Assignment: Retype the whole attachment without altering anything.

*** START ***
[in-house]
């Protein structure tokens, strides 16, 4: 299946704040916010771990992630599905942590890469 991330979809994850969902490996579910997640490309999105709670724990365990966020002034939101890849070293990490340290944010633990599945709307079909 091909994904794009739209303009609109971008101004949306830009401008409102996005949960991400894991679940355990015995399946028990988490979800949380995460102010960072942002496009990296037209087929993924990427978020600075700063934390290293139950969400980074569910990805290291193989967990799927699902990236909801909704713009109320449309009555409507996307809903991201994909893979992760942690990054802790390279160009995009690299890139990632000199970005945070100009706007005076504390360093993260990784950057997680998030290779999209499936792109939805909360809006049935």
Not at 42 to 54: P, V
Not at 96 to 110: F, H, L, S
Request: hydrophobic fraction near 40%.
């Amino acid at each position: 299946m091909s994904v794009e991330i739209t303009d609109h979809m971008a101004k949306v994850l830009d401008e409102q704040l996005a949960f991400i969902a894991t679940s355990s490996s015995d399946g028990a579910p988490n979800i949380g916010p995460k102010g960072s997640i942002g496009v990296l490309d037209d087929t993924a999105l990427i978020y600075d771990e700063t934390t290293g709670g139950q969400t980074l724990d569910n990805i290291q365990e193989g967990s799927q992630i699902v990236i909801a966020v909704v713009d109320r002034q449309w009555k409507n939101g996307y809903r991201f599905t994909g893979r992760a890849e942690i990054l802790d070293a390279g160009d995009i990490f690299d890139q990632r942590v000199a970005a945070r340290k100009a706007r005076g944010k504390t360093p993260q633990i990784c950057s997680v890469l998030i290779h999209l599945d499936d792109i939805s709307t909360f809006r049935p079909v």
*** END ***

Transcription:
[in-house]
């Protein structure tokens, strides 16, 4: 299946704040916010771990992630599905942590890469 991330979809994850969902490996579910997640490309999105709670724990365990966020002034939101890849070293990490340290944010633990599945709307079909 091909994904794009739209303009609109971008101004949306830009401008409102996005949960991400894991679940355990015995399946028990988490979800949380995460102010960072942002496009990296037209087929993924990427978020600075700063934390290293139950969400980074569910990805290291193989967990799927699902990236909801909704713009109320449309009555409507996307809903991201994909893979992760942690990054802790390279160009995009690299890139990632000199970005945070100009706007005076504390360093993260990784950057997680998030290779999209499936792109939805909360809006049935």
Not at 42 to 54: P, V
Not at 96 to 110: F, H, L, S
Request: hydrophobic fraction near 40%.
């Amino acid at each position: 299946m091909s994904v794009e991330i739209t303009d609109h979809m971008a101004k949306v994850l830009d401008e409102q704040l996005a949960f991400i969902a894991t679940s355990s490996s015995d399946g028990a579910p988490n979800i949380g916010p995460k102010g960072s997640i942002g496009v990296l490309d037209d087929t993924a999105l990427i978020y600075d771990e700063t934390t290293g709670g139950q969400t980074l724990d569910n990805i290291q365990e193989g967990s799927q992630i699902v990236i909801a966020v909704v713009d109320r002034q449309w009555k409507n939101g996307y809903r991201f599905t994909g893979r992760a890849e942690i990054l802790d070293a390279g160009d995009i990490f690299d890139q990632r942590v000199a970005a945070r340290k100009a706007r005076g944010k504390t360093p993260q633990i990784c950057s997680v890469l998030i290779h999209l599945d499936d792109i939805s709307t909360f809006r049935p079909v």